Born and raised in Niagara Falls, Megan McRae is an Executive Assistant to the Executive Vice President at Walker Environmental.
After graduating from the University of Guelph with a Bachelor of Applied Science, Megan took the year to travel South East Asia and the UK before returning to school in the fall. She enrolled in the Public Relations Post-Graduate Certificate at Niagara College and was hired at Walker Environmental shortly after graduation.
Megan has spent time volunteering with Women’s Place of Niagara, and in her spare time, she can be found on the soccer field or taking her dog, Oliver, on a hike.
In your view, what’s the most important attribute of a leader?
The most important attribute of a leader is the ability to listen – to listen to your peers, your coworkers, your employees, your customers, and your boss. This comes with being respectful of other people’s opinions and being receptive of other people’s thoughts and suggestions. A leader does not need to be in a position of authority, but a leader does need to take initiative, exhibit determination, and be kind to others.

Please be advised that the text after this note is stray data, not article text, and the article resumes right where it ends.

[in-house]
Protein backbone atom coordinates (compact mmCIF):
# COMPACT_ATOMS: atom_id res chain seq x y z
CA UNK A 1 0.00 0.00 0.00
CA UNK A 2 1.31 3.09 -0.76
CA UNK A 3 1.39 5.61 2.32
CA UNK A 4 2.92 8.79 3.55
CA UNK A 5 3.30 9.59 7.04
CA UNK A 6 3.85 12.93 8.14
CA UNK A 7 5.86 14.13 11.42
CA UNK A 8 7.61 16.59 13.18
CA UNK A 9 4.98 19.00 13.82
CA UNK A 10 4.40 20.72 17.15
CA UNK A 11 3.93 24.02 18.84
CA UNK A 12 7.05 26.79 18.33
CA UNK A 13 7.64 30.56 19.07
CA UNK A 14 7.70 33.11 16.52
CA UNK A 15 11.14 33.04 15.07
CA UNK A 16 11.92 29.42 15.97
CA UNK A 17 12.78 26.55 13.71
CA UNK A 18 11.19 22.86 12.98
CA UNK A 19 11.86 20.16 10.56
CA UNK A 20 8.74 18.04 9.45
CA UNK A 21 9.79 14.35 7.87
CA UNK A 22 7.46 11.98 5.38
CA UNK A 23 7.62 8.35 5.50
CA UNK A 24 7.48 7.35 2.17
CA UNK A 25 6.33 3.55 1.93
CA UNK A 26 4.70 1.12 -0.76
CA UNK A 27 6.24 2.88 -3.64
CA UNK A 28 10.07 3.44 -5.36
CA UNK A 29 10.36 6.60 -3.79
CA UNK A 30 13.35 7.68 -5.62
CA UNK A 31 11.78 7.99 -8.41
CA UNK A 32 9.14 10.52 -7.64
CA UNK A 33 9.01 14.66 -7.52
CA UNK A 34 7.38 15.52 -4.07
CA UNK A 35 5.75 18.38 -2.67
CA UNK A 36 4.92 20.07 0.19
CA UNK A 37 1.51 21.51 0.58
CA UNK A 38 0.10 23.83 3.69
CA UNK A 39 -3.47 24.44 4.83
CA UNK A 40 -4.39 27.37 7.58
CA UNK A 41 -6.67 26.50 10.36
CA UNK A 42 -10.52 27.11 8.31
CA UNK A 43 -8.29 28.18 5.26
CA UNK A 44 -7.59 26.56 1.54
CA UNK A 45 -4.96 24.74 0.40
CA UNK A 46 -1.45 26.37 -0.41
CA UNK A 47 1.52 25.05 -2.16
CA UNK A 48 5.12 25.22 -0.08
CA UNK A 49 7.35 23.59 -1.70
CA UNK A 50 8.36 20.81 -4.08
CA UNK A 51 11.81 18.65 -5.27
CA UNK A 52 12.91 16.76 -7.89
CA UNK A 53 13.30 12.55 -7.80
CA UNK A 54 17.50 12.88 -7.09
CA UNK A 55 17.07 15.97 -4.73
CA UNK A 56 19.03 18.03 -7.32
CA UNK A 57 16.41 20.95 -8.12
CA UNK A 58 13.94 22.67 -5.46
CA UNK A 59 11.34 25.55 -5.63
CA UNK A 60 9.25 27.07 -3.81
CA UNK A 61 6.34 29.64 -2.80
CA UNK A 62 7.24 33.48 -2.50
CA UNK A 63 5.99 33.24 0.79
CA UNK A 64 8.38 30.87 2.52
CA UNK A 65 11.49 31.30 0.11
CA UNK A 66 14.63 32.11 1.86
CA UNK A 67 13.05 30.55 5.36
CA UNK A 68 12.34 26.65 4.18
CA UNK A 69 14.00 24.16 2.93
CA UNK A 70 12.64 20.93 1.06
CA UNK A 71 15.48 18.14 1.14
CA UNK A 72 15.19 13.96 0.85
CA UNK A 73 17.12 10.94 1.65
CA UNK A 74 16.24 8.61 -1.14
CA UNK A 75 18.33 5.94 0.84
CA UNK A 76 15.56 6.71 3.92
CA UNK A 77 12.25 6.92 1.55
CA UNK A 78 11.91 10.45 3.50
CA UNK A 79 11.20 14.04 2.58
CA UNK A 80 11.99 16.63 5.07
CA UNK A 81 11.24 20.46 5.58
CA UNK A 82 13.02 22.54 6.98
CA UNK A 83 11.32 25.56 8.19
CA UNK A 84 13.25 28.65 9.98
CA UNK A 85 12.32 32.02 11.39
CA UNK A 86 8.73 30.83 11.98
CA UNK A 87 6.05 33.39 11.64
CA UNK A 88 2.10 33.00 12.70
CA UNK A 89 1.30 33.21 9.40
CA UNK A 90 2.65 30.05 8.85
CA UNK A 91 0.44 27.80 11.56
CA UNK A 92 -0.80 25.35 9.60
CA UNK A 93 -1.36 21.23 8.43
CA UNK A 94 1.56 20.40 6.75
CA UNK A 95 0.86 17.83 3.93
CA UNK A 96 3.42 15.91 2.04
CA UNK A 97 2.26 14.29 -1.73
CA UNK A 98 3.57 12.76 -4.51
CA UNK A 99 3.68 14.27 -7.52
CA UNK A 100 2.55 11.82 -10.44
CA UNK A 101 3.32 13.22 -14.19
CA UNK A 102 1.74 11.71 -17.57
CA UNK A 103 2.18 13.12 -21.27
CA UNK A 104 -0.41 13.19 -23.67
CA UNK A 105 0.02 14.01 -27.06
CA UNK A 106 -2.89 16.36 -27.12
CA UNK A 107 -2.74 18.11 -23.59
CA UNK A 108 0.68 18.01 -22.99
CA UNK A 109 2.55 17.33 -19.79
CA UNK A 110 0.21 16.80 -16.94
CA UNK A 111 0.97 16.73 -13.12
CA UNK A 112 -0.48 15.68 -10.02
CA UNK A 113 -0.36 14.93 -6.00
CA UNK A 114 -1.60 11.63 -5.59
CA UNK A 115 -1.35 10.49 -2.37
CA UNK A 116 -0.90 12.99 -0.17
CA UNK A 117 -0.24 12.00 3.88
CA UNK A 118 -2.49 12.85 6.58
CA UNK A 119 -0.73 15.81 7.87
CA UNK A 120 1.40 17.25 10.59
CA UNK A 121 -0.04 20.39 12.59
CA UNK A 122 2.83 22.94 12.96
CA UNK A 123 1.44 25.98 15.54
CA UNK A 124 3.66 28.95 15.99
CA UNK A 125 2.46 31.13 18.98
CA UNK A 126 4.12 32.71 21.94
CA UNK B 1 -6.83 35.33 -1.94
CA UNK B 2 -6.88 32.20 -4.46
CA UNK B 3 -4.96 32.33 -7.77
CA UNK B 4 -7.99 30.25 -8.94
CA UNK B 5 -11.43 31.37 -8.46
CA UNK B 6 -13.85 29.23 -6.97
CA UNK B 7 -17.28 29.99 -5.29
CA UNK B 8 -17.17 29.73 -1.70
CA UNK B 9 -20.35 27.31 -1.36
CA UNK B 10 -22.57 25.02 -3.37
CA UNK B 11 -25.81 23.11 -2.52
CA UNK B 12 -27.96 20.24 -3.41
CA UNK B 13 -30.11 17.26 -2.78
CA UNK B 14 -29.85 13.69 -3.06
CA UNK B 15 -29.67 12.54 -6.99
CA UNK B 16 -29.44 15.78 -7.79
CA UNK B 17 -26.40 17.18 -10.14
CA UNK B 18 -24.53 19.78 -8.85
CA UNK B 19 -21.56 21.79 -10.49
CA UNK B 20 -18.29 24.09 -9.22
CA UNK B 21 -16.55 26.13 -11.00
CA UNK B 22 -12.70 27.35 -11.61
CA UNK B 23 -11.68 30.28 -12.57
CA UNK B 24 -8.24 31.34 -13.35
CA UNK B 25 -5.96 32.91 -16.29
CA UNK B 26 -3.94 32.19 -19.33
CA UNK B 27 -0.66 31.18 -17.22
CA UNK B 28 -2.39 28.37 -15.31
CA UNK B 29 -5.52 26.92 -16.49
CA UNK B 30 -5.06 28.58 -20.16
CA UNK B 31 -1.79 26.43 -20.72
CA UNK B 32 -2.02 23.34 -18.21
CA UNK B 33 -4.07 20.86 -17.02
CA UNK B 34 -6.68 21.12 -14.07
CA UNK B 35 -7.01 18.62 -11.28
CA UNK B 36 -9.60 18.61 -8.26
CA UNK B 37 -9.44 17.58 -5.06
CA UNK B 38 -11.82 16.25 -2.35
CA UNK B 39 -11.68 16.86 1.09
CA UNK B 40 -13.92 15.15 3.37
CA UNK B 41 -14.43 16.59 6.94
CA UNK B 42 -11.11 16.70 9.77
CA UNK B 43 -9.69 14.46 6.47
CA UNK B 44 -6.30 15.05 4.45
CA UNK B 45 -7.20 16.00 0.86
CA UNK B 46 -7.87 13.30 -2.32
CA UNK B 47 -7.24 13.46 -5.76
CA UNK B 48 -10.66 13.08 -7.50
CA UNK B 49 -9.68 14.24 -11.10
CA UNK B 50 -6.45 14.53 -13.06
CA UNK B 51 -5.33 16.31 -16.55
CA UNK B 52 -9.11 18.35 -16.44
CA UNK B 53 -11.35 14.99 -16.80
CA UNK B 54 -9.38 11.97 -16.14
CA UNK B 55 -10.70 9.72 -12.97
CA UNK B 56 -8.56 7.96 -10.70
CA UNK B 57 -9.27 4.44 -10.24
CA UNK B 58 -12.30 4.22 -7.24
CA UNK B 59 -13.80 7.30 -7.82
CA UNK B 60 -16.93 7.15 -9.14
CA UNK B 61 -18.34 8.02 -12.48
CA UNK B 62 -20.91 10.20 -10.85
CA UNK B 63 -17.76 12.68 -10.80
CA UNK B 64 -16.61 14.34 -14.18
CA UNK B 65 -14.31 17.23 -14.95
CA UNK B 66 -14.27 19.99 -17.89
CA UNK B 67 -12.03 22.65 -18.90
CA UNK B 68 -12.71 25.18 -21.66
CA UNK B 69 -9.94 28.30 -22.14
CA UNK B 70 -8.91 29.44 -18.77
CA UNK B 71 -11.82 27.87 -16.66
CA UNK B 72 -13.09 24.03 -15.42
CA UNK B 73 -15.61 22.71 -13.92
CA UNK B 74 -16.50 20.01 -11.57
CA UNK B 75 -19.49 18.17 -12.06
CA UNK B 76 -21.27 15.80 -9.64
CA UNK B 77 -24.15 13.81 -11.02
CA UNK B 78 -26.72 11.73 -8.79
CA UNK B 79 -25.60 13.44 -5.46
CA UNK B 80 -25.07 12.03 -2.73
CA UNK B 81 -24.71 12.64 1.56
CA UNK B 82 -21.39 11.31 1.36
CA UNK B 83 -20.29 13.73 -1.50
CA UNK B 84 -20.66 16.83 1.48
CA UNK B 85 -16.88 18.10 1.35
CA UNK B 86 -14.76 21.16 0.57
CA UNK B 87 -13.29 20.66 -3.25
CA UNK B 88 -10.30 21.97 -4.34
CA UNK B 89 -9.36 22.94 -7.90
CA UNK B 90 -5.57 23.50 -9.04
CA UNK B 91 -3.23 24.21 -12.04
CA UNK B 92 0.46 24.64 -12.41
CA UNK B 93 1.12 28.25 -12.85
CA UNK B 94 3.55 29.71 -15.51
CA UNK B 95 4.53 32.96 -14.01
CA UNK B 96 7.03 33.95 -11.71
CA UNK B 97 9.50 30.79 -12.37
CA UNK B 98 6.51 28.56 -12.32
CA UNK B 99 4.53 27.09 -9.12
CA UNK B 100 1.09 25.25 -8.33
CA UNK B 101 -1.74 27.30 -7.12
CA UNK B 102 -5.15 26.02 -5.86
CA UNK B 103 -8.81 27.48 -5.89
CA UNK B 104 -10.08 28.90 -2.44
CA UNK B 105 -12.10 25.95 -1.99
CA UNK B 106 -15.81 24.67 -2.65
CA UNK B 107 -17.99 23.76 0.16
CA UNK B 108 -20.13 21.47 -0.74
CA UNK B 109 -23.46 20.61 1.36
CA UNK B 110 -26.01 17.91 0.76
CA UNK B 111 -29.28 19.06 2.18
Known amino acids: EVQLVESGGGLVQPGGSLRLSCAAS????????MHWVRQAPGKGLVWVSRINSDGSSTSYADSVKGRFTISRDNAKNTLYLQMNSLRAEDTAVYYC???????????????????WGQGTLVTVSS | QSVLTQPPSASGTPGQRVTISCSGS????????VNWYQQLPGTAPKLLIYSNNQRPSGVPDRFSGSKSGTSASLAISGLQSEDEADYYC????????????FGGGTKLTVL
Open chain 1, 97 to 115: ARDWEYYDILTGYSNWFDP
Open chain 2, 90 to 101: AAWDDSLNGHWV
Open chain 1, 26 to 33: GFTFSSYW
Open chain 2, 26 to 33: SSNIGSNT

How do you define civic leadership?
Civic leadership can be defined as combining efforts and resources amongst a group of like-minded individuals who have the ability to influence and affect change, resulting in positive outcomes across the community.
Why are you personally motivated to explore civic leadership?
I have been looking for ways to get involved in my community which I live and grew up in, as well as for opportunities for personal growth and development. I am motivated to explore civic leadership because this gives me the opportunity to blend the two, and to learn from current leaders in our Niagara community – an invaluable experience that you cannot take away from a textbook or Google.
What, in your view, is the most significant issue/opportunity facing our community? Why?
Within the last few years, Niagara has seen terribly high rates of suicide, specifically at the St. Catharines Burgoyne Bridge. There has been initiatives taken, with ongoing discussion installing barriers as a preventative measure. This is excellent – and every action helps, but it is not the solution.